In terms of power management, cameras are one of the most complex device subsystems in a mobile platform. This complexity is a result of the tight coordination required between the digital and image signal processing units, which are integrated into the System on a Chip (SoC), and the camera sensor, auto-focus, and flash components, which are external to the SoC chip.
In the following discussion, the term on-SoC component describes a component that is integrated into the SoC chip. An off-SoC component is external to the SoC chip.
Camera subsystem design becomes even more complex if the on-SoC image processing hardware must be multiplexed between two or more camera subsystems.
Tablet PCs are expected to have both a front-facing and a rear-facing camera, and these cameras share the same on-SoC image processing hardware. Hardware sharing implies multiplexing at both hardware and software layers. Because of this complexity, the system integrator should work closely with the SoC silicon vendor to integrate the cameras into the platform and implement camera device power management.
When the system is in connected standby (display off), the camera sensor, camera processing unit, optional auto-focuser, and flash components must have their power removed and consume zero watts. For the camera components on the SoC, the SoC vendor must provide a driver that manages the image processing components. The image processing driver coordinates power management of the on-SoC components with the power engine plug-in (PEP).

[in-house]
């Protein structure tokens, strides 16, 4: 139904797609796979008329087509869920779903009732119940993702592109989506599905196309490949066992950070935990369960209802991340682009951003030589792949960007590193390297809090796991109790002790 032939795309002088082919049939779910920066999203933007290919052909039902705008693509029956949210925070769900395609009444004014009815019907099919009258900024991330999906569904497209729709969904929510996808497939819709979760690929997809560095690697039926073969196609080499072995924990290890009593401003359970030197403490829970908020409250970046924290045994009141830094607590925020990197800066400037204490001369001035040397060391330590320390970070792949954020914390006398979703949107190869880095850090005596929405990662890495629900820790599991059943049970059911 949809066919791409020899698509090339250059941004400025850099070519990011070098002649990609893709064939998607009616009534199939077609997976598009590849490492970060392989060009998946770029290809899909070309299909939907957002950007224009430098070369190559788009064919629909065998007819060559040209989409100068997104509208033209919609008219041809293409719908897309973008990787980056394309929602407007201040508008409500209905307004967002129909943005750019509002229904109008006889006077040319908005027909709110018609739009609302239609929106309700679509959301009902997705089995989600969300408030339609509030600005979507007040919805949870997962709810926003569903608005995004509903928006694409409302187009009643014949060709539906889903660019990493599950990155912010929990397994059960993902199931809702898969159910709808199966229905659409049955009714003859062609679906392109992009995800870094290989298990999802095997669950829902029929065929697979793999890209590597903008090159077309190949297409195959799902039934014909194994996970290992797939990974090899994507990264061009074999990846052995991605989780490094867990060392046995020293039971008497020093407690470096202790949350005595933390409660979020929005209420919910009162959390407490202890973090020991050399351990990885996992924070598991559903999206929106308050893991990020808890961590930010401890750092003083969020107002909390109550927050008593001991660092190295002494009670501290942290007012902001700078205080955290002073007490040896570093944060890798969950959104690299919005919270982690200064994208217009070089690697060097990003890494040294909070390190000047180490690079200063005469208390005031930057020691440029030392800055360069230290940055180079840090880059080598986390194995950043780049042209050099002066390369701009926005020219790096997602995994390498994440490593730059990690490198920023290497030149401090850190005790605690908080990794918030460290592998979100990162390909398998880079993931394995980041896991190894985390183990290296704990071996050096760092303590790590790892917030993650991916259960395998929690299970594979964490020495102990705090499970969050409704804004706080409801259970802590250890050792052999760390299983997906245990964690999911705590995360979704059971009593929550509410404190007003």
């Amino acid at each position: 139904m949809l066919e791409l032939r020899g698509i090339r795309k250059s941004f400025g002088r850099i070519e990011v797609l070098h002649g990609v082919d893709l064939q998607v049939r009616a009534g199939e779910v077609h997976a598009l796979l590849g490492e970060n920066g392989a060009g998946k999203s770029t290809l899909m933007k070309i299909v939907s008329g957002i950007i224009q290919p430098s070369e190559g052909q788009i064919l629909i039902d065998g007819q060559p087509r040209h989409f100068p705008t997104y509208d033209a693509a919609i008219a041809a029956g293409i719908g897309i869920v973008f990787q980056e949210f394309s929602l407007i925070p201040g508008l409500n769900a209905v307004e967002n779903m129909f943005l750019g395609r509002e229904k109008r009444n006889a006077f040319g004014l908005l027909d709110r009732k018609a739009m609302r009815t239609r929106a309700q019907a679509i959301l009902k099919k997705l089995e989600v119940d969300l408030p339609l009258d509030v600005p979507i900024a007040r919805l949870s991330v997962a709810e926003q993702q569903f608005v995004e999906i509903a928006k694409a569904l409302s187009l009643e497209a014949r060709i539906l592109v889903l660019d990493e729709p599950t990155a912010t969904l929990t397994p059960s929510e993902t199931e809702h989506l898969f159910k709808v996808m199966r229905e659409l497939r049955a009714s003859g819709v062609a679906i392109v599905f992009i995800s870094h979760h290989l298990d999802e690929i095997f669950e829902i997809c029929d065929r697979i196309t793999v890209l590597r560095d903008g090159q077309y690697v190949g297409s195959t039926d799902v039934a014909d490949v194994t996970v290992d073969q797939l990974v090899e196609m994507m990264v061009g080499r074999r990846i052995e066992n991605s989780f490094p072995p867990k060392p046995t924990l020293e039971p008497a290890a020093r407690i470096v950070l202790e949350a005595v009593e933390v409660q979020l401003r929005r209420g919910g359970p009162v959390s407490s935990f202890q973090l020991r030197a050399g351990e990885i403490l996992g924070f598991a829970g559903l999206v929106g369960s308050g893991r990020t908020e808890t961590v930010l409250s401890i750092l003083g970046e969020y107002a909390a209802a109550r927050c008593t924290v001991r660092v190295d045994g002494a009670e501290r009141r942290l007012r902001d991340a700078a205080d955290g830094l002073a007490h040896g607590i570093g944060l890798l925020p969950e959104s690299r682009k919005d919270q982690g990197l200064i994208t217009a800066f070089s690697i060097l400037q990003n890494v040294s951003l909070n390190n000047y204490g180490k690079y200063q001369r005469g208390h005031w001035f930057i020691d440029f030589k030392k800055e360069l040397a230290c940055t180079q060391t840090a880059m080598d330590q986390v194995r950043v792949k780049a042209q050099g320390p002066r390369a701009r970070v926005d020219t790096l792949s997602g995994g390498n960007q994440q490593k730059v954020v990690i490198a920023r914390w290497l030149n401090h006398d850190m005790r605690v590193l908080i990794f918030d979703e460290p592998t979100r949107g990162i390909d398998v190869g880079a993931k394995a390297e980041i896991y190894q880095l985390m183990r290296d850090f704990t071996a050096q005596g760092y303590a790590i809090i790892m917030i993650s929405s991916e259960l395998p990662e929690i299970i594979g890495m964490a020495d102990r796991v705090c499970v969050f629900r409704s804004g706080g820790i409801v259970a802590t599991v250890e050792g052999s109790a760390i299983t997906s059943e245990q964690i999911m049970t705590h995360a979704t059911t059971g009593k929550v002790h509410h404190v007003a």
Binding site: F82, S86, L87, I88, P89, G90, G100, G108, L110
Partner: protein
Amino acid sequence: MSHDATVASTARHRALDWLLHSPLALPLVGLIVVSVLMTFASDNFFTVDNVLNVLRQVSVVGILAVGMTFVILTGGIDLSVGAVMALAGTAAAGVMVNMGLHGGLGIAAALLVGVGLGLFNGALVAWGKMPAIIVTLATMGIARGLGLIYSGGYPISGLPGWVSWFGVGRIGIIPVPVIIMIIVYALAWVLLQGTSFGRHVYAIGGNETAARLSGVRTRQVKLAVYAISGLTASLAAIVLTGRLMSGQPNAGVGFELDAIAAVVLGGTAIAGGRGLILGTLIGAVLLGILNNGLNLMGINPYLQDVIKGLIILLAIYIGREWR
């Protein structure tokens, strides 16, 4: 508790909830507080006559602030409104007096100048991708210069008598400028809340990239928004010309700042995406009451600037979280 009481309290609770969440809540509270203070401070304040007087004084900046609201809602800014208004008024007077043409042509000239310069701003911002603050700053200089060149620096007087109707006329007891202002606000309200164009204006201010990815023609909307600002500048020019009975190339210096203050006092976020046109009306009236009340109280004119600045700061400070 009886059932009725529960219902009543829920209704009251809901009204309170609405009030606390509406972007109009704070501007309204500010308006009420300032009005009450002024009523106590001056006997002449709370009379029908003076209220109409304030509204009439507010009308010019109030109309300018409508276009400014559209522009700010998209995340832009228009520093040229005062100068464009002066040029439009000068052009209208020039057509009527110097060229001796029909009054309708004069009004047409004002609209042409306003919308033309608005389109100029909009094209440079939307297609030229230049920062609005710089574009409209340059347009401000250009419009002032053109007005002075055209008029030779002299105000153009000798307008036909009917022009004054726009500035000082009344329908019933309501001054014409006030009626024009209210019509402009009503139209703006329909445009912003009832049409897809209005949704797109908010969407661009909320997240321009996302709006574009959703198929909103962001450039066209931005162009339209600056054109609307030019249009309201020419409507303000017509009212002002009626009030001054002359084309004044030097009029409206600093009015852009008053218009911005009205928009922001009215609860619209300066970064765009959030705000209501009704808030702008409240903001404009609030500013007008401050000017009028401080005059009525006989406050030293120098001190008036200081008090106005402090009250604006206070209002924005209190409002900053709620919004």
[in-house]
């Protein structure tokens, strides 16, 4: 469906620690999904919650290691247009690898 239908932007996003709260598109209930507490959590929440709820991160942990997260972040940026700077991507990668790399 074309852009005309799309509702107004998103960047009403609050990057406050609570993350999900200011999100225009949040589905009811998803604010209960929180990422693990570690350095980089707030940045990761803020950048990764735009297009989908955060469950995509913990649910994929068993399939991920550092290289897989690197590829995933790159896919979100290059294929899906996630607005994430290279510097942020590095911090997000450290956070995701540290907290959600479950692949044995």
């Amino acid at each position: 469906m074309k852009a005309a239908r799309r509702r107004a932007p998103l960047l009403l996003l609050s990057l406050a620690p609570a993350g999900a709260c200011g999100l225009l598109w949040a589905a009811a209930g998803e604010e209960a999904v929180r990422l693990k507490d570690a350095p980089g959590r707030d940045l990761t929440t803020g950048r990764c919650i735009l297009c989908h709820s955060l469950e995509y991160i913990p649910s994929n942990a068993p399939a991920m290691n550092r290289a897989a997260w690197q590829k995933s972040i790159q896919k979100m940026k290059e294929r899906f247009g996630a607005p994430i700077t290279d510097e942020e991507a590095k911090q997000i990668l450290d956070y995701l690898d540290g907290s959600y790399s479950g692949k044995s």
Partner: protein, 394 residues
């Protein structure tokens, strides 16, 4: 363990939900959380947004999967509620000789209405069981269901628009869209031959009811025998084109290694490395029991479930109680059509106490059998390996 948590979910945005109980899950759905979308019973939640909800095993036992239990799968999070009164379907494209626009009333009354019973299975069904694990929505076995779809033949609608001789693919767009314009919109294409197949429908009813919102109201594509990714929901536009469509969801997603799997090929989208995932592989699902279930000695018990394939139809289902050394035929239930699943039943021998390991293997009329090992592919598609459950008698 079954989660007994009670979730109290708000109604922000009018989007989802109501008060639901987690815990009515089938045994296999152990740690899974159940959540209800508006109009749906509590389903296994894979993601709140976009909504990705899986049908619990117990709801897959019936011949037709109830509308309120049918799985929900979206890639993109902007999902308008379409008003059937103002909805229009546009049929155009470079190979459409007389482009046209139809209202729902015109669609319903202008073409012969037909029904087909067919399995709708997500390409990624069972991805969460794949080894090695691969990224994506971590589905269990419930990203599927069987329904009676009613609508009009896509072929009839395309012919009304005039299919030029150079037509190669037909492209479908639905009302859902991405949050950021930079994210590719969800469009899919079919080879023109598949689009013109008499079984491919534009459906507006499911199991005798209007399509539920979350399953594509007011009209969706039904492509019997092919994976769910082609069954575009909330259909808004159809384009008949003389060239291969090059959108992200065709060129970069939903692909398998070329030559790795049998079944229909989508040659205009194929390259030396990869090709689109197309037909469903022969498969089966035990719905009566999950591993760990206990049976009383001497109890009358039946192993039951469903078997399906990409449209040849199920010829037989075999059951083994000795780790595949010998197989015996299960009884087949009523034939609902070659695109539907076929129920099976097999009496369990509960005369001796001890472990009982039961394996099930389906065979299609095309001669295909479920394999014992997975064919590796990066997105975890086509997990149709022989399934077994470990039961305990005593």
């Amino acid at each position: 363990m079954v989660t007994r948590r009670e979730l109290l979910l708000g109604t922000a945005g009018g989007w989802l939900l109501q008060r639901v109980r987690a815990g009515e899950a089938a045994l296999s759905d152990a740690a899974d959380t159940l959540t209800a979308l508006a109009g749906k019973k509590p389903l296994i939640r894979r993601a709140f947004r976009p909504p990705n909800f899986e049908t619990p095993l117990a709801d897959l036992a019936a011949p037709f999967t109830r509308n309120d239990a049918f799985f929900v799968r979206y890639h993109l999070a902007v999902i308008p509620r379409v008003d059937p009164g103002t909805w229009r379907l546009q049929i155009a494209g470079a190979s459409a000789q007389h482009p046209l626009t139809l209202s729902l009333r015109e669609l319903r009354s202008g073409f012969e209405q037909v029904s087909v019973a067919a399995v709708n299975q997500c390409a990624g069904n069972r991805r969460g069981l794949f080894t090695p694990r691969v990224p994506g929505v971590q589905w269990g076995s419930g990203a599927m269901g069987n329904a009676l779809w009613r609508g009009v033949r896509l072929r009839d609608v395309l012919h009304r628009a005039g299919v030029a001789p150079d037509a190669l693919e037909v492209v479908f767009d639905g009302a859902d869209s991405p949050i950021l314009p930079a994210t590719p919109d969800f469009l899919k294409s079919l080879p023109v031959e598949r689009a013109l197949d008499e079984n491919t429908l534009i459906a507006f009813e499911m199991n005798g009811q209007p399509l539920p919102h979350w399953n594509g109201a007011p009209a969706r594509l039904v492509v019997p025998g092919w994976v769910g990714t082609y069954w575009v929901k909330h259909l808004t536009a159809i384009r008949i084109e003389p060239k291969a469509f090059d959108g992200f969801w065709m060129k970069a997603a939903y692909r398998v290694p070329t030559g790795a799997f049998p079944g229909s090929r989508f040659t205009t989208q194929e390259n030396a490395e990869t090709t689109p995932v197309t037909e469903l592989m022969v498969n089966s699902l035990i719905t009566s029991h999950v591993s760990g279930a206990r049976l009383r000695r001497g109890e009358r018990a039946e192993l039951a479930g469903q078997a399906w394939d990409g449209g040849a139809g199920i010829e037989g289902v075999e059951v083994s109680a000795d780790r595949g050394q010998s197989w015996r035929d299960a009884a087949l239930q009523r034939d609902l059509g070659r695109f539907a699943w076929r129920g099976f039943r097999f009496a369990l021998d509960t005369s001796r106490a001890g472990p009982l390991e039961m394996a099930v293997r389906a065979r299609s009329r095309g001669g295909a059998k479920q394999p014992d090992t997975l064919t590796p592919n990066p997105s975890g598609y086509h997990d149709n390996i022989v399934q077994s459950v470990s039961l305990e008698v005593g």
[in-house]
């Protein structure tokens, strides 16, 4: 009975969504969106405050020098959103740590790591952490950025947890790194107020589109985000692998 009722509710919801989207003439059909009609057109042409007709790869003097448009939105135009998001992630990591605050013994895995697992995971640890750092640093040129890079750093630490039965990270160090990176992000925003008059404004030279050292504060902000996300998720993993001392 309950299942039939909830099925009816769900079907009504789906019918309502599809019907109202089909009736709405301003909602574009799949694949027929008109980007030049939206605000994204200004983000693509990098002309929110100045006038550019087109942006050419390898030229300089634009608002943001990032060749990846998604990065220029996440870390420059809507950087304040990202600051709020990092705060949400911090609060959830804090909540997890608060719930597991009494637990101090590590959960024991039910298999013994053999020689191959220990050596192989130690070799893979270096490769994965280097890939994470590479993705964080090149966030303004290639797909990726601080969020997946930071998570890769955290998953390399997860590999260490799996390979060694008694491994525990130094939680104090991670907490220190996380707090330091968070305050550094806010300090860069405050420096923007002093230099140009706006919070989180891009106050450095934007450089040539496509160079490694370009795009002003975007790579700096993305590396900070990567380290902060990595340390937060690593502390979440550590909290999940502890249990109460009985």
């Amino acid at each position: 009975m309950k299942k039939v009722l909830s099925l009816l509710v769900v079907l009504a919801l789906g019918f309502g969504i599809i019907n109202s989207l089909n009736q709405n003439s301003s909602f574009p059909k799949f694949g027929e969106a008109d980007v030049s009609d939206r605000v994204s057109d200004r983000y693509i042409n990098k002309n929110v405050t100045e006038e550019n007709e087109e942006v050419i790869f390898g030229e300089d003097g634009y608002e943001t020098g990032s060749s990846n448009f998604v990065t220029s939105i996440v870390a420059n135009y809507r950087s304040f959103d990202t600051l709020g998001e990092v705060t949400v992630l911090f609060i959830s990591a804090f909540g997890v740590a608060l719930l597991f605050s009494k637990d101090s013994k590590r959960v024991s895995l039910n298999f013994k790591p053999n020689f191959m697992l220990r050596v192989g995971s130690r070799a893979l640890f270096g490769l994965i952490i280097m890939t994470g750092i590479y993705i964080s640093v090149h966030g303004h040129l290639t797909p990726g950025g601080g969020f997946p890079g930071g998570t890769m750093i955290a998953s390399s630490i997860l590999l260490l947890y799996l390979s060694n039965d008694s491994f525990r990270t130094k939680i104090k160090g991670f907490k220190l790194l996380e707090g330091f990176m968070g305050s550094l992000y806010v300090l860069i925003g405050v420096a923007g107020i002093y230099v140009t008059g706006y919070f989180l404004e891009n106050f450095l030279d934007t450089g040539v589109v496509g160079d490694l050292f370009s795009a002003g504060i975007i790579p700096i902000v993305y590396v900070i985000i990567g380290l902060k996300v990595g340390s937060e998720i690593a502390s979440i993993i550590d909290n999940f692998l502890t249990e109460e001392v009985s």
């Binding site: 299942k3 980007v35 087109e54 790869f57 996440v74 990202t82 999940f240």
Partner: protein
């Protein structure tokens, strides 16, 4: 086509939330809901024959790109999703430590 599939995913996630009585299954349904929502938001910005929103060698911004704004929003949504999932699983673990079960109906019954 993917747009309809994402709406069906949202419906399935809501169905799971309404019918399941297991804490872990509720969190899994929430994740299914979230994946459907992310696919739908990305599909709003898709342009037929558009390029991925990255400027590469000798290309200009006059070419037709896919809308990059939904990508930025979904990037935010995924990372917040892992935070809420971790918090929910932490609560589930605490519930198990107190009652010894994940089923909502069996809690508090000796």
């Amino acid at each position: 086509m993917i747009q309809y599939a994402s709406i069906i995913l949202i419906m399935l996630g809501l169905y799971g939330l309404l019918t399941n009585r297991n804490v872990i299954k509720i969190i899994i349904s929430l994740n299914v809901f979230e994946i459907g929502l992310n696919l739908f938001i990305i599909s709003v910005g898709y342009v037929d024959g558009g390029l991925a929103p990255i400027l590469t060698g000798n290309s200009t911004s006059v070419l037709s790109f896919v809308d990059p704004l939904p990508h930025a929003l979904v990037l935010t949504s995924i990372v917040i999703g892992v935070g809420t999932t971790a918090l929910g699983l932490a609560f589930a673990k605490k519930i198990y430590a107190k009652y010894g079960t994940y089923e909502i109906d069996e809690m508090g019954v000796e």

For the off-SoC camera components, which include the sensor, auto-focuser, and flash, the system integrator must provide power rail switching capability and associated GPIO control signaling, which are controlled by the ACPI firmware. The system integrator must also provide one or more device drivers to directly manage the sensor, auto-focuser, and flash hardware. Due to camera subsystem complexity and the dependencies between the on-SoC and off-SoC components, the camera sensor and flash drivers are typically provided by the SoC vendor.
The system integrator must also provide a camera controller driver, which is a kernel-mode AVStream minidriver. The camera controller driver is responsible for exposing the camera devices to the Windows multimedia subsystem. However, we recommend that this driver not directly control any platform hardware due to complexities in the AVStream minidriver model. Instead, we recommend that the camera controller driver should rely on the other camera component drivers for access to hardware resources and device power management. That is, the camera controller driver should communicate with the driver that controls the on-SoC image processing hardware and the driver or drivers that control the off-SoC sensor and flash units.